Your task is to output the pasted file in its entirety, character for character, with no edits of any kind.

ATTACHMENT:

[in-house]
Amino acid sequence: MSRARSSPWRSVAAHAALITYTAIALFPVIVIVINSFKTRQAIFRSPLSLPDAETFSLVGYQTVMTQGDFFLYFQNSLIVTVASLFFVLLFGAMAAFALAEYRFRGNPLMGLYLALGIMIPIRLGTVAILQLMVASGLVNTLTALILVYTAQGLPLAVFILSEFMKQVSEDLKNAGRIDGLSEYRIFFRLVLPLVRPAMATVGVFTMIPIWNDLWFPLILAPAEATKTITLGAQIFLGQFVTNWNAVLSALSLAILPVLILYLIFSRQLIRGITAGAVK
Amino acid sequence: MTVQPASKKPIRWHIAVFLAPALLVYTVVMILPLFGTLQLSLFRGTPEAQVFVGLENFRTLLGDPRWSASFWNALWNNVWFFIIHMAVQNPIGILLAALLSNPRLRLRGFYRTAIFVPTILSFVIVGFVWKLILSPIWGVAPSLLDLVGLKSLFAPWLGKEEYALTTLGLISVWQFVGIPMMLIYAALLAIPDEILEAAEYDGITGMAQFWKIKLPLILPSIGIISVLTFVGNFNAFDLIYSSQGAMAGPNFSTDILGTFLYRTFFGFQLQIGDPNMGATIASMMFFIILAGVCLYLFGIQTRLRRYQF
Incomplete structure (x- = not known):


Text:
[in-house]
Amino acid sequence: MSRARSSPWRSVAAHAALITYTAIALFPVIVIVINSFKTRQAIFRSPLSLPDAETFSLVGYQTVMTQGDFFLYFQNSLIVTVASLFFVLLFGAMAAFALAEYRFRGNPLMGLYLALGIMIPIRLGTVAILQLMVASGLVNTLTALILVYTAQGLPLAVFILSEFMKQVSEDLKNAGRIDGLSEYRIFFRLVLPLVRPAMATVGVFTMIPIWNDLWFPLILAPAEATKTITLGAQIFLGQFVTNWNAVLSALSLAILPVLILYLIFSRQLIRGITAGAVK
Amino acid sequence: MTVQPASKKPIRWHIAVFLAPALLVYTVVMILPLFGTLQLSLFRGTPEAQVFVGLENFRTLLGDPRWSASFWNALWNNVWFFIIHMAVQNPIGILLAALLSNPRLRLRGFYRTAIFVPTILSFVIVGFVWKLILSPIWGVAPSLLDLVGLKSLFAPWLGKEEYALTTLGLISVWQFVGIPMMLIYAALLAIPDEILEAAEYDGITGMAQFWKIKLPLILPSIGIISVLTFVGNFNAFDLIYSSQGAMAGPNFSTDILGTFLYRTFFGFQLQIGDPNMGATIASMMFFIILAGVCLYLFGIQTRLRRYQF
Incomplete structure (x- = not known):